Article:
Article Text

Managing hypertension in a Rohingya refugee camp: a brief report
  1. David Hamilton1,2,
  2. Moomtahin Sultana2,
  3. Lee Lee Ho2,
  4. Mikiko Arai2,
  5. Edward Businge2,
  6. Robert Lukwata2,
  7. Allen Gidraf Kahindo Maina3,
  8. Mira Khadka3,
  9. Joy Wright2
  1. 1Faculty of Health and Life Sciences, University of Liverpool, Liverpool, UK
  2. 2Medical Teams International, Cox's Bazar, Bangladesh
  3. 3United Nations High Commissioner for Refugees, Cox's Bazar, Bangladesh
  1. Correspondence to Dr David Hamilton; dohamilton{at}


Non-communicable diseases have overtaken communicable diseases as the most common cause of death worldwide, with the majority of these deaths in low-income and middle-income countries. Hypertension alone causes over nine million deaths per year.

Since 2017, around 750 000 Rohingya refugees have fled violence in Myanmar into Cox’s Bazar District in Bangladesh. We describe a quality improvement project focused on the management of hypertension in Rohingya refugees in three primary health facilities within the Rohingya refugee camps. The aim of the project was to create a sustainable hypertension service within existing primary care services.

A number of plan–do–study–act cycles were performed to improve care, with methods including: creating a specialised clinic, writing a treatment algorithm, training of pharmacists, engaging community health workers and educational programmes for staff and patients.

In 2020, 554 patients were engaged in the new hypertension service. Of these, 358 (64.6%) returned for follow-up at least once. Mean systolic blood pressure (BP) was 141.7 (SD 60.0) mm Hg and mean diastolic BP was 88.1 (SD 11.1) mm Hg. Patients engaged in treatment had a significant reduction of BP of 8.2 (95% CI 5.4 to 11.0)/6.0 (95% CI 4.1 to 7.9) mm Hg (p<0.0001).

Our project shows that it is possible to create a hypertension service in a challenging humanitarian crisis, which can successfully improve the control of hypertension, although retention in care can be difficult.

  • Quality improvement
  • Chronic disease management
  • Global Health

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Since 2017, around 750 000 Rohingya refugees have fled violence in Myanmar into Cox’s Bazar District in Bangladesh.1 As the humanitarian response has become more established, care has focused more on the management of chronic, non-communicable diseases (NCDs), such as hypertension, alongside traditional objectives such as vaccination and nutrition.

The humanitarian community has recognised the imperative of managing NCDs within the humanitarian setting.2–6 Hypertension is a risk factor for cardiovascular and cerebrovascular disease and reduction in blood pressure (BP) is important in preventing premature mortality and morbidity.7 8 Hypertension affects over a billion people, with around two-thirds living in low-income and middle-income countries (LMICS),9 and caused over 9 million deaths in 2010.7 Other studies of refugee populations have shown a 76% follow-up rate in Palestine10 and another with controlled BP in only 50% after 6 months in Lebanon.11 We designed a quality improvement project (QIP) focused on the management of hypertension.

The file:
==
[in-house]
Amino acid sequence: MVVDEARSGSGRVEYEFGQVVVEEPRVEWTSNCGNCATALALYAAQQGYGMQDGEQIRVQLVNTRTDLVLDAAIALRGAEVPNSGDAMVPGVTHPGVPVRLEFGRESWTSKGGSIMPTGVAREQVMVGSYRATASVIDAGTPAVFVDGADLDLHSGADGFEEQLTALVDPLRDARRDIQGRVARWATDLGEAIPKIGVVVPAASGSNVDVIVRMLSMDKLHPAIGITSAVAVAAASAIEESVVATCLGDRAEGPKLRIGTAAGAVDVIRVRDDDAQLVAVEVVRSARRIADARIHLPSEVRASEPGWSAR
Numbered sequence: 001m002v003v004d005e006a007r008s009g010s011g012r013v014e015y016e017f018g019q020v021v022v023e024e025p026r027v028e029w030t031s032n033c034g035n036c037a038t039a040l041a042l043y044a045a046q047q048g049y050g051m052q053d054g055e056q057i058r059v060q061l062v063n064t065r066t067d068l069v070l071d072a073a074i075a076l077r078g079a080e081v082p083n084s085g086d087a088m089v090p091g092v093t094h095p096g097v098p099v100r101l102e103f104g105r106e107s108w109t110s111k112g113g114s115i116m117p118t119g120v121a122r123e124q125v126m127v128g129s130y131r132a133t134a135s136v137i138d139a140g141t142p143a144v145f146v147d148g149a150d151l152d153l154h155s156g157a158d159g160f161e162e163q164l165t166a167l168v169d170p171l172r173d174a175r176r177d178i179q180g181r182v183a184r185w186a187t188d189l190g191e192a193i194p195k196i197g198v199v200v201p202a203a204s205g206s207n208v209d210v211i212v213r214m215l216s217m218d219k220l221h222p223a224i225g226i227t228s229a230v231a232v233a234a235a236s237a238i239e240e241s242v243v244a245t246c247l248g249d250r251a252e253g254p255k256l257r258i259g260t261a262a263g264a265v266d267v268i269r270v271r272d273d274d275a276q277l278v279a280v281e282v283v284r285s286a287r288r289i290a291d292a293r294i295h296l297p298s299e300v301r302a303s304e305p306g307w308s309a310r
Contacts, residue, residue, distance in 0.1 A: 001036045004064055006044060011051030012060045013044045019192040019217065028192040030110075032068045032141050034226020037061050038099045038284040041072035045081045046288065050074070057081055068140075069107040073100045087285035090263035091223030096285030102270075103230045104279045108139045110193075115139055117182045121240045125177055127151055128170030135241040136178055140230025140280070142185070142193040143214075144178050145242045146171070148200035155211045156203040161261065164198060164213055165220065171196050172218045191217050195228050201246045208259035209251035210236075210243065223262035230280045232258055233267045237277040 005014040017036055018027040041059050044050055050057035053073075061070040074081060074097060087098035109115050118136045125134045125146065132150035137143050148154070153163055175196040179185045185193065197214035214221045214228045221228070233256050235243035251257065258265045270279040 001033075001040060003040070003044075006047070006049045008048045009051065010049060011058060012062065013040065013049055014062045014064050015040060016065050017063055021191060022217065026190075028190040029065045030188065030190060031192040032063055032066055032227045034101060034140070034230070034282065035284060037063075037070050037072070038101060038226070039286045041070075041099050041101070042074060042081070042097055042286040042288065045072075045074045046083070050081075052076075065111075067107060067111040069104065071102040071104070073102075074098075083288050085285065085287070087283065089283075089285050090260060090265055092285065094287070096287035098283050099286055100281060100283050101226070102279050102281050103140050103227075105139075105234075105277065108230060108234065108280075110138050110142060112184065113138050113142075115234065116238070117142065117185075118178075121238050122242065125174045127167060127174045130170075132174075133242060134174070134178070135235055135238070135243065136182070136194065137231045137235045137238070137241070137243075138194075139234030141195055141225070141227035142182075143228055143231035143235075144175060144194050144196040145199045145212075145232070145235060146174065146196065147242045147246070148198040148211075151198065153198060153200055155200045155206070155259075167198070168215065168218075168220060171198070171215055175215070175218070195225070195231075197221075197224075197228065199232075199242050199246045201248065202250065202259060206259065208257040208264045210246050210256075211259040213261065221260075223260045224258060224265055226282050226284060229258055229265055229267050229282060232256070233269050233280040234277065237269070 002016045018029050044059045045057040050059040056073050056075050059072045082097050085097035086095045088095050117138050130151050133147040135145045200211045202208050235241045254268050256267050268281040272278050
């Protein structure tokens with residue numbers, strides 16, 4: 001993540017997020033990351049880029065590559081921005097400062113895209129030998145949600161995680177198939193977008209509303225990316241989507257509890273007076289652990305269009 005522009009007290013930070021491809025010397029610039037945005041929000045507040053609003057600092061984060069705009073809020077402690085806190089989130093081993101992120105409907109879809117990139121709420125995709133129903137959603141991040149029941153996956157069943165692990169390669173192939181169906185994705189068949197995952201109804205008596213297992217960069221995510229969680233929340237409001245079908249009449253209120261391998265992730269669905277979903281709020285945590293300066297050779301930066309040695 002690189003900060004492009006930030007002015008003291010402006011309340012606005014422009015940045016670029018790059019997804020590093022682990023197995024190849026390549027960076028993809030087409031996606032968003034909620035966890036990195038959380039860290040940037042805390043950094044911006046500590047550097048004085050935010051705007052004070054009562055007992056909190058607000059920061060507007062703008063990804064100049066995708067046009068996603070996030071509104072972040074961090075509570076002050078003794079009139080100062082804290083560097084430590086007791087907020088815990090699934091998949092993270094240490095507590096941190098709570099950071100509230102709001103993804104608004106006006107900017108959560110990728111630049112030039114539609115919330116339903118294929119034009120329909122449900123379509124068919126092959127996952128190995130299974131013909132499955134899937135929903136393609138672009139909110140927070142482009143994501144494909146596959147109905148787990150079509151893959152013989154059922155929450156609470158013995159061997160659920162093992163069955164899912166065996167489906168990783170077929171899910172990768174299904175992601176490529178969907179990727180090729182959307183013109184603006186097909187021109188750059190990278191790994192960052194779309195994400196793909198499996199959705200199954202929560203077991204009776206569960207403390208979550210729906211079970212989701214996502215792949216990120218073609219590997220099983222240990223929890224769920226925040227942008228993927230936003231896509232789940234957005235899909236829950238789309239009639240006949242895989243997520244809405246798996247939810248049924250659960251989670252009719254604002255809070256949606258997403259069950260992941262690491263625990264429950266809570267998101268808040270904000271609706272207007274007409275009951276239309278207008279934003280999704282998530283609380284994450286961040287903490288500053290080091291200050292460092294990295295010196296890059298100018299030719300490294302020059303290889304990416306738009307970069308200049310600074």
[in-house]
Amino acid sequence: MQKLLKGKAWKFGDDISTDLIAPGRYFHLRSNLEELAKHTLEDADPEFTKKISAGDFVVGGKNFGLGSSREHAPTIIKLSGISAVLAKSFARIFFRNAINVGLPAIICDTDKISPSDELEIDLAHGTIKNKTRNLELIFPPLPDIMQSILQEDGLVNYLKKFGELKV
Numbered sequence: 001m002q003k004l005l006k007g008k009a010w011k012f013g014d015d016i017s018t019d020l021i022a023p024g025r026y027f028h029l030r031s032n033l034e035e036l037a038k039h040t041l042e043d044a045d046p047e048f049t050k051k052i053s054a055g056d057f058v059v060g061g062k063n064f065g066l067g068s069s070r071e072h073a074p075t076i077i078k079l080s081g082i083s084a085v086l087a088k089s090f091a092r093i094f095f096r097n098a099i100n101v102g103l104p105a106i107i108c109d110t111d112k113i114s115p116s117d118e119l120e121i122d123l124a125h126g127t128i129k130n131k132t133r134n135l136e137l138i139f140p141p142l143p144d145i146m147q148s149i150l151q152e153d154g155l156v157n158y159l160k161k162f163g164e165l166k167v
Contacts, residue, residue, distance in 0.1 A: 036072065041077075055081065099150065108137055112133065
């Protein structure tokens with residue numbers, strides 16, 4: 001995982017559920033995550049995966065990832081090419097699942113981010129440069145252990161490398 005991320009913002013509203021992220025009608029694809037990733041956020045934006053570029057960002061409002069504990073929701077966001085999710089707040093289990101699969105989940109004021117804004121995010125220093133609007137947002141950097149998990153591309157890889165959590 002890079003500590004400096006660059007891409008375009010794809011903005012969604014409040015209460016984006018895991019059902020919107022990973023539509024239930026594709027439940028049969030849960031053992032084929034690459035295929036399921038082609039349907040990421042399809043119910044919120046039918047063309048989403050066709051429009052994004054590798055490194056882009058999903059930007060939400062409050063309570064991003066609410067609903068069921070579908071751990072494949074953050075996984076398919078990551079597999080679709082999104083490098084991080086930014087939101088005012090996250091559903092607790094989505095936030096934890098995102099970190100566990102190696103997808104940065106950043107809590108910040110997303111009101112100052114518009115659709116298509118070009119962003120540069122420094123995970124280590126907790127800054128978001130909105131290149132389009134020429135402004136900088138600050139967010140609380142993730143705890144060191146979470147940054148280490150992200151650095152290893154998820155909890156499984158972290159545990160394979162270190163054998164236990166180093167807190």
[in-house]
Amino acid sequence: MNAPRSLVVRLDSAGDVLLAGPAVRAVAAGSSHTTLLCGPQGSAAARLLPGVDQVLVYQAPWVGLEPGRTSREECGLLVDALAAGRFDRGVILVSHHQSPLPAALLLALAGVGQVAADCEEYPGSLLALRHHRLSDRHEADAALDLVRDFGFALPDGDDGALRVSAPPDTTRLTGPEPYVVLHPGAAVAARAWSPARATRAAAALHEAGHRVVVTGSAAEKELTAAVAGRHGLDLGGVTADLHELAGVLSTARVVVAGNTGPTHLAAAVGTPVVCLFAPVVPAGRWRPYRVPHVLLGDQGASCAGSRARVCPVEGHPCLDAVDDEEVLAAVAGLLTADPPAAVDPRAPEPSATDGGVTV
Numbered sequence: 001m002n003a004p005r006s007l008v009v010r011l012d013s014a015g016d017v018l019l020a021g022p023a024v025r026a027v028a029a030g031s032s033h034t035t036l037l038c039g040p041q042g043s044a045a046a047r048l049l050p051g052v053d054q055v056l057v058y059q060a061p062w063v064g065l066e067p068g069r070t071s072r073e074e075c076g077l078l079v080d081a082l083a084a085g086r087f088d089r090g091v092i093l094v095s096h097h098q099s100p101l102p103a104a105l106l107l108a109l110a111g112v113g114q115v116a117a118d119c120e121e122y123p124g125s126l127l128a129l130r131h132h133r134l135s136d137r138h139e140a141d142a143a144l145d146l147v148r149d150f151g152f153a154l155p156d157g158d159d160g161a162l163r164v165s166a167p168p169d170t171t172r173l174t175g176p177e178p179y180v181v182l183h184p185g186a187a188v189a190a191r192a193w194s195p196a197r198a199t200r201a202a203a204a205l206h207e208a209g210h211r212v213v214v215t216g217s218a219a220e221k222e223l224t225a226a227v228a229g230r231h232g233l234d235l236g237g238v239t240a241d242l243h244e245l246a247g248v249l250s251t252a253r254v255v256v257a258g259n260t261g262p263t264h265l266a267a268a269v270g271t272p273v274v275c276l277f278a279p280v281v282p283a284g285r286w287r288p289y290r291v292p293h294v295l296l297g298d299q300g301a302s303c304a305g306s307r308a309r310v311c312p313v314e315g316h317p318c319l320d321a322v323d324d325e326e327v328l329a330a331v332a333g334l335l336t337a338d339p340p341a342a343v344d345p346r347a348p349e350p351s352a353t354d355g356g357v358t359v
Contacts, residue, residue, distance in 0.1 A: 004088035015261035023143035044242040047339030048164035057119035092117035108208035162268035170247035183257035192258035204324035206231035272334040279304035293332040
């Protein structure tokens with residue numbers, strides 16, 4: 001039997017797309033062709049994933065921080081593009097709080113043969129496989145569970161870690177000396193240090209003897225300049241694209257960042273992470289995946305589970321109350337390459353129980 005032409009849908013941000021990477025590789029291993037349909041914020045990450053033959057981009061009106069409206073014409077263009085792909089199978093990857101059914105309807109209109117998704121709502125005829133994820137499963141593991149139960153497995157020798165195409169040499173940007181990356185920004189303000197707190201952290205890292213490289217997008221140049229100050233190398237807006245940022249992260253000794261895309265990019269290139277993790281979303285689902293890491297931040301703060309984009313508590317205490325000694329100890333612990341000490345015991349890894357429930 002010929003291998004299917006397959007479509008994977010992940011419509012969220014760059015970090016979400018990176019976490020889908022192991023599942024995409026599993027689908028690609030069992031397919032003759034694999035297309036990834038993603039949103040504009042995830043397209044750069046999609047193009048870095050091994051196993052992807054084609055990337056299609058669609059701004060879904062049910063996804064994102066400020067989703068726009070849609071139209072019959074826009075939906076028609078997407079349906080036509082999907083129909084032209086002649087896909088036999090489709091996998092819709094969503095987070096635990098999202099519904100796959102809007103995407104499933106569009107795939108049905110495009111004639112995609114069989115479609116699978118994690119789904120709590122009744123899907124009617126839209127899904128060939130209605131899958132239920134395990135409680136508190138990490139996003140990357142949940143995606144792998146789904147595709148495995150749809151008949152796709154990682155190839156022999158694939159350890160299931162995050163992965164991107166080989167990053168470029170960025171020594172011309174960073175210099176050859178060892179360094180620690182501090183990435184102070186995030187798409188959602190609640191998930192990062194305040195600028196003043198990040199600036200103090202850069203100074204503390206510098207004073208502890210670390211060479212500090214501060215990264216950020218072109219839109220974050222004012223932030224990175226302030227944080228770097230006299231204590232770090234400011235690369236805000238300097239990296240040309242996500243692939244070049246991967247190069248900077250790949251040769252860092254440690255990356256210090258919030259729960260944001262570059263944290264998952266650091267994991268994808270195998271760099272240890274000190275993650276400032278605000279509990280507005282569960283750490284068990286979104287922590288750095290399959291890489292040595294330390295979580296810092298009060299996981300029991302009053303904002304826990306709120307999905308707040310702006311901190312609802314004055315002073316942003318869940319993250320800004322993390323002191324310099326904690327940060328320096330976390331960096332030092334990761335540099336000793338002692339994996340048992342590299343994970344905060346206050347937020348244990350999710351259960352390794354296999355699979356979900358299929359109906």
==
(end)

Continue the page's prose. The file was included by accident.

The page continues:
Project setting

The Rohingya refugee camps in Cox’s Bazar are the largest in the world.12 Healthcare is provided by national facilities, United Nations agencies and non-governmental organisations (NGOs). Challenges facing refugees have included violence, nutrition, sanitation, fires, monsoon, several epidemics13 and the COVID-19 pandemic.

The QIP was designed by a multidisciplinary team of international volunteer healthcare workers in conjunction with Bangladeshi doctors, nurses and pharmacists and Rohingya community health workers (CHWs). The aim of our QIP was to create a sustainable NCD service at the three primary health facilities run by a partnership of two NGOs: Food for the Hungry (FH) and Medical Teams International (MTI).

Design and strategy

A number of plan–do–study–act (PDSA) cycles were performed to improve care. PDSA-1 involved setting up the dedicated hypertension clinic to run within existing primary healthcare services. We believed this was important, rather than treating patients in an ad-hoc fashion with the rest of primary services, so that we could encourage regular follow-up. Waiting times in the facilities were also very long and we aimed to reduce these in a dedicated clinic.

A treatment algorithm, based on the WHO ‘Package of Essential NCD’ guidance14 and adapted for locally available resources, was created (online supplemental appendix 1). The algorithm was introduced via teaching sessions, over WhatsApp and a podcast (available on Nurses were trained to ensure a consistent approach to BP measurement.

Supplemental material

After the first pilot clinics, it was noted that 12 of 25 patients did not return for follow-up and we addressed this with PDSA-2. There was already a robust system in place of Rohingya CHWs visiting each home regularly and we decided to use them to encourage patients to return regularly for follow-up. They also provided health education and lifestyle management in regards to NCDs.